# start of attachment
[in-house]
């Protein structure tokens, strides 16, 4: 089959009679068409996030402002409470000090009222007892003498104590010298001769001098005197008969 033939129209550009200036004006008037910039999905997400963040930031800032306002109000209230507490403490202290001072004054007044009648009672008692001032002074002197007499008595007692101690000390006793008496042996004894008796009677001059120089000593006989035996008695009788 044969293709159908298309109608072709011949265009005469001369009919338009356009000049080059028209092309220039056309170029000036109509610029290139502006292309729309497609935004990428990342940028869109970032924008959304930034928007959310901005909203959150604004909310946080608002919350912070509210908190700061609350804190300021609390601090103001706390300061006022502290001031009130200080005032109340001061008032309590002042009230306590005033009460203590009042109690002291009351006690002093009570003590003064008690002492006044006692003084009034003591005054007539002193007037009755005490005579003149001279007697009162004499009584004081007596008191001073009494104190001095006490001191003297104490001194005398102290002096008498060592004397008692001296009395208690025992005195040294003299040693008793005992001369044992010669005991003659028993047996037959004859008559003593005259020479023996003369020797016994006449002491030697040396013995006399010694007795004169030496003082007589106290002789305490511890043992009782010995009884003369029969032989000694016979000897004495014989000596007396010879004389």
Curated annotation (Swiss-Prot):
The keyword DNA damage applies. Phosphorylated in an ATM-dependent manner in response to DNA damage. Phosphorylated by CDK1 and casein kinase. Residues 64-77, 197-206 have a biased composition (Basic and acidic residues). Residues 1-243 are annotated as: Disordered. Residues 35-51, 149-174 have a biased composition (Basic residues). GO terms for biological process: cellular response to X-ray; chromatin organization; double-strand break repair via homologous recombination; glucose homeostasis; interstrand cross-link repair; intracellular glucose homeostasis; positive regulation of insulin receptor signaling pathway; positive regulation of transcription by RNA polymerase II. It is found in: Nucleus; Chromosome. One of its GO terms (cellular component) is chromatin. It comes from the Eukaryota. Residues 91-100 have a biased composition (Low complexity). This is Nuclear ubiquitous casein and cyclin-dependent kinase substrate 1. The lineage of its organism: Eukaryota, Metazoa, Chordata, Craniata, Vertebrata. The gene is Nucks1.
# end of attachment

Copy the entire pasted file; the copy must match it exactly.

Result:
[in-house]
């Protein structure tokens, strides 16, 4: 089959009679068409996030402002409470000090009222007892003498104590010298001769001098005197008969 033939129209550009200036004006008037910039999905997400963040930031800032306002109000209230507490403490202290001072004054007044009648009672008692001032002074002197007499008595007692101690000390006793008496042996004894008796009677001059120089000593006989035996008695009788 044969293709159908298309109608072709011949265009005469001369009919338009356009000049080059028209092309220039056309170029000036109509610029290139502006292309729309497609935004990428990342940028869109970032924008959304930034928007959310901005909203959150604004909310946080608002919350912070509210908190700061609350804190300021609390601090103001706390300061006022502290001031009130200080005032109340001061008032309590002042009230306590005033009460203590009042109690002291009351006690002093009570003590003064008690002492006044006692003084009034003591005054007539002193007037009755005490005579003149001279007697009162004499009584004081007596008191001073009494104190001095006490001191003297104490001194005398102290002096008498060592004397008692001296009395208690025992005195040294003299040693008793005992001369044992010669005991003659028993047996037959004859008559003593005259020479023996003369020797016994006449002491030697040396013995006399010694007795004169030496003082007589106290002789305490511890043992009782010995009884003369029969032989000694016979000897004495014989000596007396010879004389």
Curated annotation (Swiss-Prot):
The keyword DNA damage applies. Phosphorylated in an ATM-dependent manner in response to DNA damage. Phosphorylated by CDK1 and casein kinase. Residues 64-77, 197-206 have a biased composition (Basic and acidic residues). Residues 1-243 are annotated as: Disordered. Residues 35-51, 149-174 have a biased composition (Basic residues). GO terms for biological process: cellular response to X-ray; chromatin organization; double-strand break repair via homologous recombination; glucose homeostasis; interstrand cross-link repair; intracellular glucose homeostasis; positive regulation of insulin receptor signaling pathway; positive regulation of transcription by RNA polymerase II. It is found in: Nucleus; Chromosome. One of its GO terms (cellular component) is chromatin. It comes from the Eukaryota. Residues 91-100 have a biased composition (Low complexity). This is Nuclear ubiquitous casein and cyclin-dependent kinase substrate 1. The lineage of its organism: Eukaryota, Metazoa, Chordata, Craniata, Vertebrata. The gene is Nucks1.